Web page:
The grilled cheese sandwich. Three ingredients. So many possibilities.
First, the bread
Metropolitan San Francisco Sourdough, Le Bus Stirato, Philly Bread Pullman, Marble Rye, Night Kitchen Dakota, challah, Le Bus Raisin Walnut.
Then, the cheese
Something creamy for texture — red-wax Gouda, Havarti, Cooper Sharp, mild Cheddar, smoked Gouda, Monterey Jack, Colby, Gruyere. I think mixing is the best way to go. A cheese plane and box grater are valuable tools here. Grate some aged or extra-sharp cheese like Asiago, sharp Provolone, 3-year-old Canadian Cheddar, Manchego or Parmigiano-Reggiano. You want a ratio of about 60 percent creamy-melty cheese and 40 percent aged sharp cheese.
(Not an exact science, of course.)
Finally, the fat
Butter, oil or mayonnaise? My experiments have proven that all bring successful and delicious results, with subtle differences. The method that works best is spreading the butter or mayonnaise on the bread and coating the pan with a bit of oil (canola or olive), just with a paper towel. Keep the heat low and have a cover handy. Some people grill both pieces of bread and then put them together, but I keep the sandwich together and flip it. By the time one side is golden brown, the cheese will be melted enough to keep the other slice of bread in place. The difference between using butter as opposed to mayonnaise is that the mayonnaise-coated bread has a crispier texture and a bit of a tang, while the buttered bread is more caramelized and rich.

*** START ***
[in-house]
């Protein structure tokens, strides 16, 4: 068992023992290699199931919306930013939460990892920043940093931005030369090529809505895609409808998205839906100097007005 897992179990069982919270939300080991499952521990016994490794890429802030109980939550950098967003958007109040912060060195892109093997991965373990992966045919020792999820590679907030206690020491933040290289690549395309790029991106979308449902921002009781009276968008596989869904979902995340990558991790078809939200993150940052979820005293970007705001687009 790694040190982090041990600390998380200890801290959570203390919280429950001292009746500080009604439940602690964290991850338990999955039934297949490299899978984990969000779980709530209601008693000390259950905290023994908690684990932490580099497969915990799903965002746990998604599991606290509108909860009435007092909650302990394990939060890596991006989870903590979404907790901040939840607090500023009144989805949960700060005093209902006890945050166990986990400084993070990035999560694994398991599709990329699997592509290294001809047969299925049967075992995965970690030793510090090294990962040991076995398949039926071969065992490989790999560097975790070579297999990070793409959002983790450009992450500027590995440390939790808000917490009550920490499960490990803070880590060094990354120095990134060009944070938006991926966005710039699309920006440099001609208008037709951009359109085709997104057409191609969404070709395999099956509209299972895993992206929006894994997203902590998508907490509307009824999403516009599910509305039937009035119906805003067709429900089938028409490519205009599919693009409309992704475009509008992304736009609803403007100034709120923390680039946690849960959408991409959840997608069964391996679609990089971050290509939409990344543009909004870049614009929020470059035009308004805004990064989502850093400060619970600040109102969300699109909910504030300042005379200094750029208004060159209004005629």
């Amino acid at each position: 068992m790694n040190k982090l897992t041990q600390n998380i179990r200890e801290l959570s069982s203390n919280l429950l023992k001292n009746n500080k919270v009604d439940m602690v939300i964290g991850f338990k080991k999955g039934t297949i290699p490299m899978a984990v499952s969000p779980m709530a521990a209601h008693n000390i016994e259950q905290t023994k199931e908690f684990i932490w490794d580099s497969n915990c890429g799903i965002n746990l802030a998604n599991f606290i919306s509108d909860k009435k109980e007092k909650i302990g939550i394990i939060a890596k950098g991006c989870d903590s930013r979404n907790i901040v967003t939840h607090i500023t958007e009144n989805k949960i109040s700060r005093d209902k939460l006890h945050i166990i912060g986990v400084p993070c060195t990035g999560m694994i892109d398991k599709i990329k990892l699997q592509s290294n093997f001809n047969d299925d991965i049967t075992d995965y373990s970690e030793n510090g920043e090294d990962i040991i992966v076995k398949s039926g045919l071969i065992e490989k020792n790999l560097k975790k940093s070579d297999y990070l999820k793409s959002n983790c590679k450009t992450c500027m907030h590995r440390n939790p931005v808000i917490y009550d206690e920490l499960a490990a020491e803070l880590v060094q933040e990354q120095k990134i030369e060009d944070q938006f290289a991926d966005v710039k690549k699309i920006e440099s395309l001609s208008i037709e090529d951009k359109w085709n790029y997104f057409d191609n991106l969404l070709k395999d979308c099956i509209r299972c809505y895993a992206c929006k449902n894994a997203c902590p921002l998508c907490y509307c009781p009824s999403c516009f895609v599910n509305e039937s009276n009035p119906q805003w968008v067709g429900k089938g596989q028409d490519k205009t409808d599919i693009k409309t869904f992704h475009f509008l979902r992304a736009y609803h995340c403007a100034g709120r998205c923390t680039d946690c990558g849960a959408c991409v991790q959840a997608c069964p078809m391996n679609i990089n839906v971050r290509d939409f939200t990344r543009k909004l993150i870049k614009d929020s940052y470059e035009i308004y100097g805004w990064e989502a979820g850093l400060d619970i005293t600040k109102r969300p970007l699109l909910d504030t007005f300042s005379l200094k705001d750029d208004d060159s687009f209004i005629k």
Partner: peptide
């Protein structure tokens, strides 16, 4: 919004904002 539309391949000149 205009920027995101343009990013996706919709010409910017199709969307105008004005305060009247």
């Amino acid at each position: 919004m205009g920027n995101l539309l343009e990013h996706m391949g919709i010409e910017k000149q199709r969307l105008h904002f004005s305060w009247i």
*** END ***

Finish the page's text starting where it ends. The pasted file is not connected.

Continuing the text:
Part of my education on this subject came from an expert — a 7-year-old boy named Benjamin, the son of my best friend Lizzie. He is a purist: No spreads and no tomato. But a dipping “sauce” can be delightful. The beauty of sauce on the side is that you keep the integrity of textures and flavors of a well-made grilled cheese sandwich. Benjamin’s sauce of choice was ketchup. Hey, don’t knock it until you try it.
We could talk at length about other pairings but this story is focused on the bread, cheese and fat.